Career/ Technology

“Future Creations” Students design robots to perform a specific function in the workplace. They draw a draft design and create a model. They also write a resume for their robot, detailing qualifications.

Click here for a printable pdf of this chart.

Dr. Wagner’s list adds to our knowledge base of expectations for success for each student. But I would caution you that rigor is more that what we expect students to do. Rigor is creating an environment in which each student is expected to learn at high levels, each student is supported so he or she can learn at high levels, and each student demonstrates learning at high levels. Only by creating a culture of high expectations and providing support so students can truly succeed do you have a rigorous classroom.

Click here for more information, sample chapters, and selected templates from Rigor is NOT a Four-Letter Word.

Tuesday, December 1, 2009

Promoting Community in the Classroom

-“How should you arrange classroom (ie-teacher’s desk) to promote community…or does it matter?”

I'm not a big believer in "one" right way to do something, but it does make a difference. For example, the standard room with desks in a row and the teacher's desk front and center sends a message that the teacher is in charge, and the students are simply recipients of information. However, I was in a classroom set up like this, and it was a community, mainly because the teacher was never at his desk; he was always in the middle of his students, who also had flexibility to rearrange the desks. That's what is more important--do students feel like they are a part of things, or separate from the teacher? In my classroom, I tend to find that clustering desks/tables works better for me so I can facilitate groups. In my grad classes, though, if I have a small group (8-12), I tend to do a large, square U so everyone is together. In that instance, clusters of tables actually breaks community rather than building it.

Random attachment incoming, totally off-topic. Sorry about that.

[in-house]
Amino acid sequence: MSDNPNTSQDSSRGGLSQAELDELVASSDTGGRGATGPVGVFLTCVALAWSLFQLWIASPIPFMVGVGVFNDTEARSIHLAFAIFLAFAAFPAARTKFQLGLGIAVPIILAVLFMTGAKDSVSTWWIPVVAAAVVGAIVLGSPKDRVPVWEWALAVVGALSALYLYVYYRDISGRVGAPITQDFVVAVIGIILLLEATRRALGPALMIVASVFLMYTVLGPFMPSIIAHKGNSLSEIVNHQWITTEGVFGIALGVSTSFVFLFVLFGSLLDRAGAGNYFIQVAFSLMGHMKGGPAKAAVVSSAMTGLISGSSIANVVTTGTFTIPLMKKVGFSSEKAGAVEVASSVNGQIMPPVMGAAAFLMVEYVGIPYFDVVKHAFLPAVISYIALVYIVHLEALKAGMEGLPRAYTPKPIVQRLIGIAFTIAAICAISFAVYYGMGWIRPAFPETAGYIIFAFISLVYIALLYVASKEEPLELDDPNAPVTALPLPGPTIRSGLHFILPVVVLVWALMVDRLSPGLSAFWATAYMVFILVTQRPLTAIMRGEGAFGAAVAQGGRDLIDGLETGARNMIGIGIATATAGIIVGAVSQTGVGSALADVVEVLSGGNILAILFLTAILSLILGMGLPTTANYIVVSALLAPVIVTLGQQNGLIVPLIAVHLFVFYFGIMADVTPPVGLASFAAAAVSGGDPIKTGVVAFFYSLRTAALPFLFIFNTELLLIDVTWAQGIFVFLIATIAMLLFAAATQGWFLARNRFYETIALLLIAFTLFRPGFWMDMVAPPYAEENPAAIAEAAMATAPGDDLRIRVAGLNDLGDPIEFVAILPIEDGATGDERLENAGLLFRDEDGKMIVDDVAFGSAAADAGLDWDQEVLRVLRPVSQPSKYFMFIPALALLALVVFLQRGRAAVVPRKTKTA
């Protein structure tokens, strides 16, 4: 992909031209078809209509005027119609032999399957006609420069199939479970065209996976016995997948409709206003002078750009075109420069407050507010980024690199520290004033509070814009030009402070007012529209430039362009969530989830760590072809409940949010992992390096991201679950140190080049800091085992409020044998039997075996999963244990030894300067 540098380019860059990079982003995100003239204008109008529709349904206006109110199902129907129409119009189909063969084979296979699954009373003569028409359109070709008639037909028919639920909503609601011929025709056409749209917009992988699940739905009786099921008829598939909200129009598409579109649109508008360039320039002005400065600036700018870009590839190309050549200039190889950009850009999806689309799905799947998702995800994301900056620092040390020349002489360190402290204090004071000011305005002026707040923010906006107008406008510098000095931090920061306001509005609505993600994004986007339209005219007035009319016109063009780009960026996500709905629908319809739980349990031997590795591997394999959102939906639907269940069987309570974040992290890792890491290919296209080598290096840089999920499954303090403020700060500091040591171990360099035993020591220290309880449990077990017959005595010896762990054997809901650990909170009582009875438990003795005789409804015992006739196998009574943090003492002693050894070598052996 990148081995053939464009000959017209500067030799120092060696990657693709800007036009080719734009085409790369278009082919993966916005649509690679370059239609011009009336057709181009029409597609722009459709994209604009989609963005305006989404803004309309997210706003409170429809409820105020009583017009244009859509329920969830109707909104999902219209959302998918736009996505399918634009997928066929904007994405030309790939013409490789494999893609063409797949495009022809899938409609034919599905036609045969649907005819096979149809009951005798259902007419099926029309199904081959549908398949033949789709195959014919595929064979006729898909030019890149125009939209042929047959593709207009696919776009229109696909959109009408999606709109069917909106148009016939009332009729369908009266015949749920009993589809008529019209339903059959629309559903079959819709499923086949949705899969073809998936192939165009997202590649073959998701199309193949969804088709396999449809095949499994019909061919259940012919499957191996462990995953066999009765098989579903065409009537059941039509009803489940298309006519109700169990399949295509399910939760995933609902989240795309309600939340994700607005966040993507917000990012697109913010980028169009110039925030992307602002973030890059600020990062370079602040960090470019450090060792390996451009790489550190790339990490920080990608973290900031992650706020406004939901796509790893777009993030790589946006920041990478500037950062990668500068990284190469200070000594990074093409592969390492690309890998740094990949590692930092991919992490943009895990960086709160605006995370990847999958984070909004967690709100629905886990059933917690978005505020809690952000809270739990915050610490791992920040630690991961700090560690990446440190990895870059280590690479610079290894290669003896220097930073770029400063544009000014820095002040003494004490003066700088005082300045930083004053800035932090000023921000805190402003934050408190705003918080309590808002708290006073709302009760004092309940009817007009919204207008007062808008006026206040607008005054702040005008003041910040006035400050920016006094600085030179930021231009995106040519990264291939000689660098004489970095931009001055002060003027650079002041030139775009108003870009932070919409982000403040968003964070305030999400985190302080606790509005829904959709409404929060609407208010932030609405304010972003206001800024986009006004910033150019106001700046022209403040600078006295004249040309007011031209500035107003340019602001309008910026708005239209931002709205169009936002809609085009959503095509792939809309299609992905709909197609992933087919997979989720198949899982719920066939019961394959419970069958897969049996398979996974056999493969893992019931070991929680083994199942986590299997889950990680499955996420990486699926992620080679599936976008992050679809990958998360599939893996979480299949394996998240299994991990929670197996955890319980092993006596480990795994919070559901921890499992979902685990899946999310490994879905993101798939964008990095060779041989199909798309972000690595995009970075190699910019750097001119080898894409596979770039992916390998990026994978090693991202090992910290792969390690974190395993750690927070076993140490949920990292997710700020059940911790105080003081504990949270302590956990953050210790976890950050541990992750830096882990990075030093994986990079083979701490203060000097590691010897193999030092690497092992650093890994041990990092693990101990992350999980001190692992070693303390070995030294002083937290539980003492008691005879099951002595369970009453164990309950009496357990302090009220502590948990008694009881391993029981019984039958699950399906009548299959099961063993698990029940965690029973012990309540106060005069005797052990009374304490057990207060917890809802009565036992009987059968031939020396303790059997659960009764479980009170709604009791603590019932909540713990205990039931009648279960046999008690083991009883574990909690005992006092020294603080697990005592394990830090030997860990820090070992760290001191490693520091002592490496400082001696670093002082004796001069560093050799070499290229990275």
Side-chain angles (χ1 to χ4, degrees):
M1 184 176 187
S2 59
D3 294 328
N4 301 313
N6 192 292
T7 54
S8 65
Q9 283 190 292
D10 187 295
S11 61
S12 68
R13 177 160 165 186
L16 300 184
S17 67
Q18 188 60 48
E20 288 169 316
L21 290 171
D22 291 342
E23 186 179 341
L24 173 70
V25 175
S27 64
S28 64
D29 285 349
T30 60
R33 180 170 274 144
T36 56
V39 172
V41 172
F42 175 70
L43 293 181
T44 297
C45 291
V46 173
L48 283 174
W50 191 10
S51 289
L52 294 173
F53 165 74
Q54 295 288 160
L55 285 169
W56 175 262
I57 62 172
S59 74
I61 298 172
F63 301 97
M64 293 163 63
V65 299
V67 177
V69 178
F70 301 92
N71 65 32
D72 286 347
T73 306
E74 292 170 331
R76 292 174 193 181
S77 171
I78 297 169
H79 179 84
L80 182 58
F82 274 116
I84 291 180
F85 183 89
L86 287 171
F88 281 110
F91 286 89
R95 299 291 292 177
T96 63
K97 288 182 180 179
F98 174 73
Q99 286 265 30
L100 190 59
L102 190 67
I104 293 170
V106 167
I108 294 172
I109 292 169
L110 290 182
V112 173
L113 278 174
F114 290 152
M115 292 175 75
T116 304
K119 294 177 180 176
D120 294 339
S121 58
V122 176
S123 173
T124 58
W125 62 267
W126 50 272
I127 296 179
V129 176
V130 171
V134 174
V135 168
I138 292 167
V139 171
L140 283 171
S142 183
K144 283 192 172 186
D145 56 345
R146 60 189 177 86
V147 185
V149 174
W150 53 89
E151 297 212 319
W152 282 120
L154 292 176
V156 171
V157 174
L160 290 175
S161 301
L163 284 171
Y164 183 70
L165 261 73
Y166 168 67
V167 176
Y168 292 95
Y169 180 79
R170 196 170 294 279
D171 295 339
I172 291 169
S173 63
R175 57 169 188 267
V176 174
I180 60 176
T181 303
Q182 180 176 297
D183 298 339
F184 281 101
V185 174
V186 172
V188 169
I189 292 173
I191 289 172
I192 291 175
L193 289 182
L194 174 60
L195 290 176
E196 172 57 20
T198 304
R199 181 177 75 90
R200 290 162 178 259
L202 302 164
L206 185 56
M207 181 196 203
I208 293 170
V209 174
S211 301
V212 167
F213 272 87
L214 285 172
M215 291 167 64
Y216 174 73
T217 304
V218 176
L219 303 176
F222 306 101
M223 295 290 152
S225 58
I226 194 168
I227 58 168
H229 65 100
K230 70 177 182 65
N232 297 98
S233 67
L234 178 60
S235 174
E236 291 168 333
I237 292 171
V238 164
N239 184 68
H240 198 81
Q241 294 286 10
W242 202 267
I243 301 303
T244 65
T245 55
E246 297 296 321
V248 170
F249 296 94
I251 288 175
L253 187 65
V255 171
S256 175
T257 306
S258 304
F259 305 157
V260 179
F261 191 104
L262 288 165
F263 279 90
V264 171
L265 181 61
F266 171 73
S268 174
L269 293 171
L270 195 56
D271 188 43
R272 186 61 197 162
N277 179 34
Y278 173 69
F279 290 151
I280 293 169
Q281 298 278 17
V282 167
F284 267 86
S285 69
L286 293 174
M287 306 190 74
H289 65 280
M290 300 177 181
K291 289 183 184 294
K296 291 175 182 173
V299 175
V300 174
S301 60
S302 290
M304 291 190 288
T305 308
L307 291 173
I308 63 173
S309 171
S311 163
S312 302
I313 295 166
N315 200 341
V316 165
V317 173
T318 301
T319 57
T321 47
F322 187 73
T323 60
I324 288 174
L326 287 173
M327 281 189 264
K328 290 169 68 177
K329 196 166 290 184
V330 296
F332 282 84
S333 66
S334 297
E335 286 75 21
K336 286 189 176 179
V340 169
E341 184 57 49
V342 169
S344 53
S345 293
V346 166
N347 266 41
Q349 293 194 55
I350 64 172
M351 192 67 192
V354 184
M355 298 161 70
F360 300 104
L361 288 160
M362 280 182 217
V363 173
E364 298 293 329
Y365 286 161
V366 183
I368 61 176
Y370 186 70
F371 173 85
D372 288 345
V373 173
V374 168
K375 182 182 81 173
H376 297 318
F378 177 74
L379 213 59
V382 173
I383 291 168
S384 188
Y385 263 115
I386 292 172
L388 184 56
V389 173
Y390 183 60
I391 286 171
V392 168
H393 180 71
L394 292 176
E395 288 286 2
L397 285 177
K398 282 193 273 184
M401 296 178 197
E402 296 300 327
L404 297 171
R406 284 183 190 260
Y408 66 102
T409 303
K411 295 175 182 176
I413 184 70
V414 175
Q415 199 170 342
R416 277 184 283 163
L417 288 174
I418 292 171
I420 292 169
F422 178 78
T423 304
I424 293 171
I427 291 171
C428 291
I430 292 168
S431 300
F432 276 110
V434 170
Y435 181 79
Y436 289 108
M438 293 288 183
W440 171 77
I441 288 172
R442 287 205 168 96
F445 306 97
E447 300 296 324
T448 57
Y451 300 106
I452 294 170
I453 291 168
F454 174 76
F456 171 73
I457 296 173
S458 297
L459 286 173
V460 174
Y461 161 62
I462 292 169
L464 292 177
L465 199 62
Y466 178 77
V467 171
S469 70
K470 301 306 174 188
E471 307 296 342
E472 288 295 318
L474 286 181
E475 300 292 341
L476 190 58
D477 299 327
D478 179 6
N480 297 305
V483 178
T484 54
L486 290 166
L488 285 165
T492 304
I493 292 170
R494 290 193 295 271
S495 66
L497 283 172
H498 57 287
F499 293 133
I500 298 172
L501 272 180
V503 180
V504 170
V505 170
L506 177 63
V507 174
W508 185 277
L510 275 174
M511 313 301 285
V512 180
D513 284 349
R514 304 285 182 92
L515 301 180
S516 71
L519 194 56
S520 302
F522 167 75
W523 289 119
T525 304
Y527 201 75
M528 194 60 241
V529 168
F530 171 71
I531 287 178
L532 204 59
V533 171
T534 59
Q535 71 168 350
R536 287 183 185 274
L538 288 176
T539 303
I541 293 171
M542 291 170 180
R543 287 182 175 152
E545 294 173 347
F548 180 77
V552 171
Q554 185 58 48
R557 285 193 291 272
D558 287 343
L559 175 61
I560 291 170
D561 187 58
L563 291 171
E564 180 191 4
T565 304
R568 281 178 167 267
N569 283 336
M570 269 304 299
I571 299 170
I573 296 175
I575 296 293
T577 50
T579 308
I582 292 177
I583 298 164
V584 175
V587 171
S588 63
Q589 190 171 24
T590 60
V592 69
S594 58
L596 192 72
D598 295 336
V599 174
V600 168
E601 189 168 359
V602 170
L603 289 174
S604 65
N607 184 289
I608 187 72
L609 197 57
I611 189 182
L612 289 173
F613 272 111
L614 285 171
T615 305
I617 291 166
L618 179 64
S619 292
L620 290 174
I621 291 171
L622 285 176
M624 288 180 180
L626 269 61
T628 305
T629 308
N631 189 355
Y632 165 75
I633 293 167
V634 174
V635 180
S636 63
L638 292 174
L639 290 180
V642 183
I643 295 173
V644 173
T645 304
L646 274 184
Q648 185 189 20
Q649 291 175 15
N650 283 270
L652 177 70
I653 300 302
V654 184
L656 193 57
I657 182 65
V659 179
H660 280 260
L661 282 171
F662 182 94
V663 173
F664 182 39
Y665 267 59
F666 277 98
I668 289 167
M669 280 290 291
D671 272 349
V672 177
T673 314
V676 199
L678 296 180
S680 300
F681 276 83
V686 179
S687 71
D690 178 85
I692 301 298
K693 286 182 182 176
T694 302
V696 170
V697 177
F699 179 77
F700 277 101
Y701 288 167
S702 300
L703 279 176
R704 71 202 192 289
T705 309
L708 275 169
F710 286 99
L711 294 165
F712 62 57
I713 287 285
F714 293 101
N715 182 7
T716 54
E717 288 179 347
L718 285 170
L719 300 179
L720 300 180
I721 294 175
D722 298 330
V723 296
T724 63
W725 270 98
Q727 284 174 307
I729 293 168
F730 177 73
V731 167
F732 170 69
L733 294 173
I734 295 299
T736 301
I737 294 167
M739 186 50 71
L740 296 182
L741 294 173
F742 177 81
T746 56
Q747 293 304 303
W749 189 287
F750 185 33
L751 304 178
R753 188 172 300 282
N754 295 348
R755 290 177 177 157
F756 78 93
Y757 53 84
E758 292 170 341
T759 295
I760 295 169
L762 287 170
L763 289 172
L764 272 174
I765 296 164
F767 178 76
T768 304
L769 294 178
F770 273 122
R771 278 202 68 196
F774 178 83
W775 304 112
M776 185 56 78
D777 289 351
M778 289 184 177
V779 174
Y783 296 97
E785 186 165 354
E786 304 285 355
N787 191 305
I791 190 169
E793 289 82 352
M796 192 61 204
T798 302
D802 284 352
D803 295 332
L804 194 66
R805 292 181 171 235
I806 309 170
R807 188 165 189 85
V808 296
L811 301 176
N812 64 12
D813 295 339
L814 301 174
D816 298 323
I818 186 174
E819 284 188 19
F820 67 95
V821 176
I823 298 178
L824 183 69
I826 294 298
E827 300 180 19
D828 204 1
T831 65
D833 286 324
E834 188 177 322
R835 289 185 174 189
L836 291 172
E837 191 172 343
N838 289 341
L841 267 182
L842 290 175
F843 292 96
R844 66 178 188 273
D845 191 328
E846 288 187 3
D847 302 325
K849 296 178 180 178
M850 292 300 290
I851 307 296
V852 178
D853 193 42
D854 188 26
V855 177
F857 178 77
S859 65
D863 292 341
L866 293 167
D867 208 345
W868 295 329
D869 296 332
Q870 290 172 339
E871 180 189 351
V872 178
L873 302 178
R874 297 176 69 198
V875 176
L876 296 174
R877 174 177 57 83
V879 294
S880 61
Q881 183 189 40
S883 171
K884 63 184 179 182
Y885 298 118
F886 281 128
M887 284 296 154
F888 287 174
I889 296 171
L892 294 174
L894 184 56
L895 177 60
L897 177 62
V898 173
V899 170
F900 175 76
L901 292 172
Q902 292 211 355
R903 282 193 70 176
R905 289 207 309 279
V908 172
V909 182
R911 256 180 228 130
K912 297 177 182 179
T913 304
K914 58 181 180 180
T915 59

Friday, November 20, 2009

Encouraging Teachers

This video from Eye on Education shares my story of working with teachers in a high-poverty school. One of my struggles is when I see teachers who feel disheartened and disempowered. Here's what happened during my visit! http://blog.talesfromateachersheart.com/2009/06/09/from-the-archive-season-1-episode-9--their-best-hope.aspx

Friday, November 13, 2009

Any Principals Reading?

My latest book was written with Dr. Ron Williamson of Eastern Michigan University. For resources and a sneak peek, head over to my site.

Thursday, October 22, 2009

Lots of Resources...

Check out my website (www.barbarablackburnonline.com). In addition to the materials on rigor, you'll find activities related to student motivation and student engagement. Click on each book and look for the activity templates!

Thursday, October 15, 2009

Group Work at a Higher Level

A new and higher standard of rigor is emerging that focuses on increasing skills such as critical thinking, problem solving, and collaboration. But when your students do group work, do they work together or just sit together? I use a cooperative learning rubric to help define and assess effective group work. Here's an excerpt from my book Classroom Instruction from A to Z and two printable pdfs of the rubric.